The Lucifer Principle

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The Lucifer Principle: A Scientific Expedition into the Forces of History
The-Lucifer-Principle-book-cover.jpg
Author Howard Bloom
Subject Sociology, Evolution
Publisher Atlantic Monthly Press
Publication date
January 1995
Media type Print (Paperback)
Pages 466 (Paperback)
ISBN 978-0-87113-532-2

The Lucifer Principle book by Howard Bloom, sees social groups, not an individuals, as the primary "unit of selection," on genes and human psychological development. It states that both competition between groups and competition between individuals shape the evolution of the genome. The Lucifer Principle "explores the intricate relationships among genetics, human behavior, and culture" and argues that "evil is a by-product of nature's strategies for creation and that it is woven into our most basic biological fabric".[1] It sees selection (i.e. through violent competition) as central to the creation of the 'superorganism'[2] of society. It also focuses on competition between individuals for position in the 'pecking order' and competition between groups for standing in pecking orders of groups. The Lucifer Principle shows how ideas are vital in these pecking order battles. Vital in creating cohesion and cooperation. Says The Lucifer Principle: “Superorganism, ideas and the pecking order…these are the primary forces behind much of human creativity and earthly good.”

Reception of the book[edit]

Reviews of the book[3] saw it as 'ambitious' and 'disturbing' in its conclusions that societies based on individual freedom might succumb to systems such as communism or Islamic fundamentalism.[4][5] The Washington Post said that "Readers will be mesmerized by the mirror Bloom holds to the human condition... He draws on a dozen years of research into a jungle of scholarly fields...and meticulously supports every bit of information...." while Chet Raymo in the Boston Globe termed it "a string of rhetorical firecrackers that challenge our many forms of self-righteousness."

Bloom responds to Islamic issues[edit]

Bloom later wrote[6] that he and his publisher had been threatened by Islamic groups who objected to aspects of the book. He claimed that "Arab pressure groups asked ever so politely that The Lucifer Principle be withdrawn from print and that nothing that I write be published again. They offered to boycott my publisher's products — all of them — worldwide. And they backed their warning with a call for my punishment in seventeen Islamic countries." Bloom states that the Attorney for the Authors Guild wrote to his publishers, warning of an author boycott if the book was pulled from the shelves. The publishers asked Bloom to rewrite a chapter on Islamic violence, which led to the creation of 358 lines of footnotes attesting to the facts he presented within it.[6] Today, there is a strange acknowledgement[citation needed] that what Bloom wrote about Islam in The Lucifer Principle is based on expertise. Bloom is a frequent guest on Iran’s Press-TV, Iran’s Alalam-TV, Saudi Arabia’s KSA-2-TV, and even on Syria’s Ekhbariya-TV.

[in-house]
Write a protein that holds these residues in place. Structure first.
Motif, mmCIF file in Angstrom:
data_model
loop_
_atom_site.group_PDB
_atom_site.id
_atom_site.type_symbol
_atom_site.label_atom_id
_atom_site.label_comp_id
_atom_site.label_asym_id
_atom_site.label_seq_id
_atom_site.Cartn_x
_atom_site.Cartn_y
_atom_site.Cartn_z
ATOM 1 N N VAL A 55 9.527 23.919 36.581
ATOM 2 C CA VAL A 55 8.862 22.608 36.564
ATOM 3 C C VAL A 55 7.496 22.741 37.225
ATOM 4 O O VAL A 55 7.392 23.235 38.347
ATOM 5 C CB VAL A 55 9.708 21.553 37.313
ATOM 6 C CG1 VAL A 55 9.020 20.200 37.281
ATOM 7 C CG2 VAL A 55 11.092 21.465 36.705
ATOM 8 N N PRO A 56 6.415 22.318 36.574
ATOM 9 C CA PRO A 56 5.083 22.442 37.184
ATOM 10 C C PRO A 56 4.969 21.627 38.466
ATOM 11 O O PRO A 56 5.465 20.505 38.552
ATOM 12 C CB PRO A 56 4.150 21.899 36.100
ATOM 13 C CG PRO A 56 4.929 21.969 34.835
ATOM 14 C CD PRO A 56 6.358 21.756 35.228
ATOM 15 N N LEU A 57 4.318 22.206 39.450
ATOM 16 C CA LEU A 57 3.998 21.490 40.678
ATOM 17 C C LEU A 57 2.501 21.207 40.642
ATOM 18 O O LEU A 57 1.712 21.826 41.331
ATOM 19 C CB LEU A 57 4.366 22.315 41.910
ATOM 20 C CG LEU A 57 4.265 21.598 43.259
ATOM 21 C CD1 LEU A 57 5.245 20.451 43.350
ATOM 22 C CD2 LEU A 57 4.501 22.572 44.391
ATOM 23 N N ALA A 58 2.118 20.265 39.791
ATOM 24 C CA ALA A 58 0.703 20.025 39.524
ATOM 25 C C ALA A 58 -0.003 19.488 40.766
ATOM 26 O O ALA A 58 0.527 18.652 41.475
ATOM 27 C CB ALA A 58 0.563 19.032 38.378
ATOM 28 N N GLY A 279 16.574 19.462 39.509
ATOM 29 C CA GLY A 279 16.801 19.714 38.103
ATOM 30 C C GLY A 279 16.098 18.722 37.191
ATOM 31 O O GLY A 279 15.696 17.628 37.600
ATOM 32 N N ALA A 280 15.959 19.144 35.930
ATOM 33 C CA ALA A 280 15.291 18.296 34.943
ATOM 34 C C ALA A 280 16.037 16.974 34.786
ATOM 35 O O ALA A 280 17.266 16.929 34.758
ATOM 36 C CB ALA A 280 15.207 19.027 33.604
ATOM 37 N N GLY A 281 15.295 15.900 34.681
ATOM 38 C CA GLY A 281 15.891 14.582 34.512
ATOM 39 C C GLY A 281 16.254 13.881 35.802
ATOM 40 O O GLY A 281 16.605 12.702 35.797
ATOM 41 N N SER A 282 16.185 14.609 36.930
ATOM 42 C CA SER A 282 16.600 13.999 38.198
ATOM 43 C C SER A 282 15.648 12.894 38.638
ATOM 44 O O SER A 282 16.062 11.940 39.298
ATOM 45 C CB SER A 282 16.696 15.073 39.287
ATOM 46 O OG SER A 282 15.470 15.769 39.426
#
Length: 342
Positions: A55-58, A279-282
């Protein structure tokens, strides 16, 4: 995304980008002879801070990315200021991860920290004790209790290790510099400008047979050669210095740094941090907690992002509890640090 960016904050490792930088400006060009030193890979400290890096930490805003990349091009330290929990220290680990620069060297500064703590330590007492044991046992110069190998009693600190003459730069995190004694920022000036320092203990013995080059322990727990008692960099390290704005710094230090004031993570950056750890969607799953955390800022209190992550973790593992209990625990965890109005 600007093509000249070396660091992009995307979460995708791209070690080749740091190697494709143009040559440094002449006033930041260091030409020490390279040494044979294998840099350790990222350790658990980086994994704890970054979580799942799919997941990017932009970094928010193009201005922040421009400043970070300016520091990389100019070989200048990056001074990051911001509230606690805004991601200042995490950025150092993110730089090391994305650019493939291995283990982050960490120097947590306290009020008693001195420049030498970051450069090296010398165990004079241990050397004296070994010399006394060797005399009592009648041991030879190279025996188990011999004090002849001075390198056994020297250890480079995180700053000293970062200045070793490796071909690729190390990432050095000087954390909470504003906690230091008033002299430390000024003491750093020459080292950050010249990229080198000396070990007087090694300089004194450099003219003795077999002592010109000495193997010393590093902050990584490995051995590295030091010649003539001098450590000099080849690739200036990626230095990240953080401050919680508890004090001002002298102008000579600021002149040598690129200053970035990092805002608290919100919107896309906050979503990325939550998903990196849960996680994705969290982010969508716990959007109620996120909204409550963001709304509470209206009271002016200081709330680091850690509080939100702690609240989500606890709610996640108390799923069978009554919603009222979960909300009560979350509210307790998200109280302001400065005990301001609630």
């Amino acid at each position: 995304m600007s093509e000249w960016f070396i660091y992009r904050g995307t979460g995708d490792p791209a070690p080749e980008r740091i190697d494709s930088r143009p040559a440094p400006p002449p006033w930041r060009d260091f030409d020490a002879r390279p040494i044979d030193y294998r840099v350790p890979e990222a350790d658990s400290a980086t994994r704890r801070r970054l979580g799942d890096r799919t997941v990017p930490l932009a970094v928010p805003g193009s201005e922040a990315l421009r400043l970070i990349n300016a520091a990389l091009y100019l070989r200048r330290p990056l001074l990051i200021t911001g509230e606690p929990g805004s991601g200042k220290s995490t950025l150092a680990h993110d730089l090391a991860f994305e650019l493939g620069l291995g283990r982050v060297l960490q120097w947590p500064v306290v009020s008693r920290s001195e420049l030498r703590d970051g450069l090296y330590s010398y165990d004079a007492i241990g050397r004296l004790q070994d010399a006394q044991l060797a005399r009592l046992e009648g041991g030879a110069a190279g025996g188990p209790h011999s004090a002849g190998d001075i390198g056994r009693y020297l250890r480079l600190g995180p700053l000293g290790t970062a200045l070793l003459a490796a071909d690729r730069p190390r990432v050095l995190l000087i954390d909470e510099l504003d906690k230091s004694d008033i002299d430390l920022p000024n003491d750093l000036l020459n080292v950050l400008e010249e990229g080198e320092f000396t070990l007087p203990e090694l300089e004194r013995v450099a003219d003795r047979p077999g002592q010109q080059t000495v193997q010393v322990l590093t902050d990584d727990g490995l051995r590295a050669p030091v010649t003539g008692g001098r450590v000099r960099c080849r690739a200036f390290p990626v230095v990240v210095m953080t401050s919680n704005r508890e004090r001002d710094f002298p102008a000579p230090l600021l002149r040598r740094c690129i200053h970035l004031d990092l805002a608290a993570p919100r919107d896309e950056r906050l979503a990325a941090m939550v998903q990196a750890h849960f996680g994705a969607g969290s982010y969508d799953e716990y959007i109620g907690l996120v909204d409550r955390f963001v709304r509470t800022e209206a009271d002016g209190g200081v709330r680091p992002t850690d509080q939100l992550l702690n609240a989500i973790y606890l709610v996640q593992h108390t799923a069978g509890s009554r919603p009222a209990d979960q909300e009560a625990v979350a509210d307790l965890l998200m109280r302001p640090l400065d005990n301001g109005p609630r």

References[edit]

  1. ^ Bloom, Howard. The Lucifer Principle: A Scientific Expedition Into the Forces of History. Google Books. Retrieved 2007-12-30. 
  2. ^ Bloom, Howard. "Superorganism" (Web article on book excerpt). Retrieved 2007-12-30. 
  3. ^ "Booktalk.Org" (Book review-from Publishers Weekly). Archived from the original on 2007-06-13. Retrieved 2008-01-01. 
  4. ^ Schultz, James. "Evil is it born or bred?" (Book review). The Virginian-Pilot. Archived from the original on Feb 28, 2008. Retrieved 2008-01-01. 
  5. ^ Bloom, Howard. "Islam's War Against the West" (Book excerpt). Retrieved 2008-01-01. 
  6. ^ a b Bloom, Howard. "Islamic Censorship — How Allah Has Nipped Your Right to Know" (Web article originated April 2003 edition of Abuse Your Illusions). The Birdman.org. Retrieved 2008-01-01. 

External links[edit]